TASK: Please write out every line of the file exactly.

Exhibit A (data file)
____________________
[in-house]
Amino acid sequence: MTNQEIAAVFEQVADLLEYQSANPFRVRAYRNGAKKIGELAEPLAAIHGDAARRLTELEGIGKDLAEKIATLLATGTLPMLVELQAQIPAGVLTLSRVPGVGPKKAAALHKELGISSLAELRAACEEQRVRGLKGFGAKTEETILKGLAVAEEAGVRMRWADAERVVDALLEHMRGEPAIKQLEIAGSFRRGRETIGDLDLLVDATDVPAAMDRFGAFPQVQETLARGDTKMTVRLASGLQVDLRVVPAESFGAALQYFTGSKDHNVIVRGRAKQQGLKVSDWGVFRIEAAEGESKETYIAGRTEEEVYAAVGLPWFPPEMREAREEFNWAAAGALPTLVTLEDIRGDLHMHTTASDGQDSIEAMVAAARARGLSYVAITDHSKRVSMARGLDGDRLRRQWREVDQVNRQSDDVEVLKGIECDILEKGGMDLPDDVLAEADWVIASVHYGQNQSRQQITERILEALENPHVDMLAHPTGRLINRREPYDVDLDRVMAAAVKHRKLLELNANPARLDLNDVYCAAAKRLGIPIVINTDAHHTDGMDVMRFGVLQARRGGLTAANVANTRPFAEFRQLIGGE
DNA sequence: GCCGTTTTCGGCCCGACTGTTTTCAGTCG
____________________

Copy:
[in-house]
Amino acid sequence: MTNQEIAAVFEQVADLLEYQSANPFRVRAYRNGAKKIGELAEPLAAIHGDAARRLTELEGIGKDLAEKIATLLATGTLPMLVELQAQIPAGVLTLSRVPGVGPKKAAALHKELGISSLAELRAACEEQRVRGLKGFGAKTEETILKGLAVAEEAGVRMRWADAERVVDALLEHMRGEPAIKQLEIAGSFRRGRETIGDLDLLVDATDVPAAMDRFGAFPQVQETLARGDTKMTVRLASGLQVDLRVVPAESFGAALQYFTGSKDHNVIVRGRAKQQGLKVSDWGVFRIEAAEGESKETYIAGRTEEEVYAAVGLPWFPPEMREAREEFNWAAAGALPTLVTLEDIRGDLHMHTTASDGQDSIEAMVAAARARGLSYVAITDHSKRVSMARGLDGDRLRRQWREVDQVNRQSDDVEVLKGIECDILEKGGMDLPDDVLAEADWVIASVHYGQNQSRQQITERILEALENPHVDMLAHPTGRLINRREPYDVDLDRVMAAAVKHRKLLELNANPARLDLNDVYCAAAKRLGIPIVINTDAHHTDGMDVMRFGVLQARRGGLTAANVANTRPFAEFRQLIGGE
DNA sequence: GCCGTTTTCGGCCCGACTGTTTTCAGTCG